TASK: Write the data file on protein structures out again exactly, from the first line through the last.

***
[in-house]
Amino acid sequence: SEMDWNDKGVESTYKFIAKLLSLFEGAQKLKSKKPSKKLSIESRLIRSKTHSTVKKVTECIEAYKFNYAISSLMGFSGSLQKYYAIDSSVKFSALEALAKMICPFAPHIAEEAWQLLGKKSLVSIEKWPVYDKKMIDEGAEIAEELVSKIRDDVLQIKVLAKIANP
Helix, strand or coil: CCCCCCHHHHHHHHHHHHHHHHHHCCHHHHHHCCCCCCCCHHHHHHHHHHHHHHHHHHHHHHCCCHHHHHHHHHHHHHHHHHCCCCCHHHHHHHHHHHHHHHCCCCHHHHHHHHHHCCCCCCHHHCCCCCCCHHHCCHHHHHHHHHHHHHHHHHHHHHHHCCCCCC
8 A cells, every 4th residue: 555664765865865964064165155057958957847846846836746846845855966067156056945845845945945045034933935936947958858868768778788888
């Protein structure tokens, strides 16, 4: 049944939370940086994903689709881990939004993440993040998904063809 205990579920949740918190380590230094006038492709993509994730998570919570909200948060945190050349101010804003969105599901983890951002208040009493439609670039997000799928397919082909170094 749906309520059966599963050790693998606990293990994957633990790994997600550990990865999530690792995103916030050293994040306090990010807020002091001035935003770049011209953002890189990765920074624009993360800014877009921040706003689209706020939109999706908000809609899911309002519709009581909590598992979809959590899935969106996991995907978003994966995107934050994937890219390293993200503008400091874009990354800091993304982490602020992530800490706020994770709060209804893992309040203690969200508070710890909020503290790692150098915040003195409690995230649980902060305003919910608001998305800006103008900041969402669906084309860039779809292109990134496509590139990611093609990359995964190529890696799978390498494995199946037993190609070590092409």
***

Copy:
[in-house]
Amino acid sequence: SEMDWNDKGVESTYKFIAKLLSLFEGAQKLKSKKPSKKLSIESRLIRSKTHSTVKKVTECIEAYKFNYAISSLMGFSGSLQKYYAIDSSVKFSALEALAKMICPFAPHIAEEAWQLLGKKSLVSIEKWPVYDKKMIDEGAEIAEELVSKIRDDVLQIKVLAKIANP
Helix, strand or coil: CCCCCCHHHHHHHHHHHHHHHHHHCCHHHHHHCCCCCCCCHHHHHHHHHHHHHHHHHHHHHHCCCHHHHHHHHHHHHHHHHHCCCCCHHHHHHHHHHHHHHHCCCCHHHHHHHHHHCCCCCCHHHCCCCCCCHHHCCHHHHHHHHHHHHHHHHHHHHHHHCCCCCC
8 A cells, every 4th residue: 555664765865865964064165155057958957847846846836746846845855966067156056945845845945945045034933935936947958858868768778788888
């Protein structure tokens, strides 16, 4: 049944939370940086994903689709881990939004993440993040998904063809 205990579920949740918190380590230094006038492709993509994730998570919570909200948060945190050349101010804003969105599901983890951002208040009493439609670039997000799928397919082909170094 749906309520059966599963050790693998606990293990994957633990790994997600550990990865999530690792995103916030050293994040306090990010807020002091001035935003770049011209953002890189990765920074624009993360800014877009921040706003689209706020939109999706908000809609899911309002519709009581909590598992979809959590899935969106996991995907978003994966995107934050994937890219390293993200503008400091874009990354800091993304982490602020992530800490706020994770709060209804893992309040203690969200508070710890909020503290790692150098915040003195409690995230649980902060305003919910608001998305800006103008900041969402669906084309860039779809292109990134496509590139990611093609990359995964190529890696799978390498494995199946037993190609070590092409």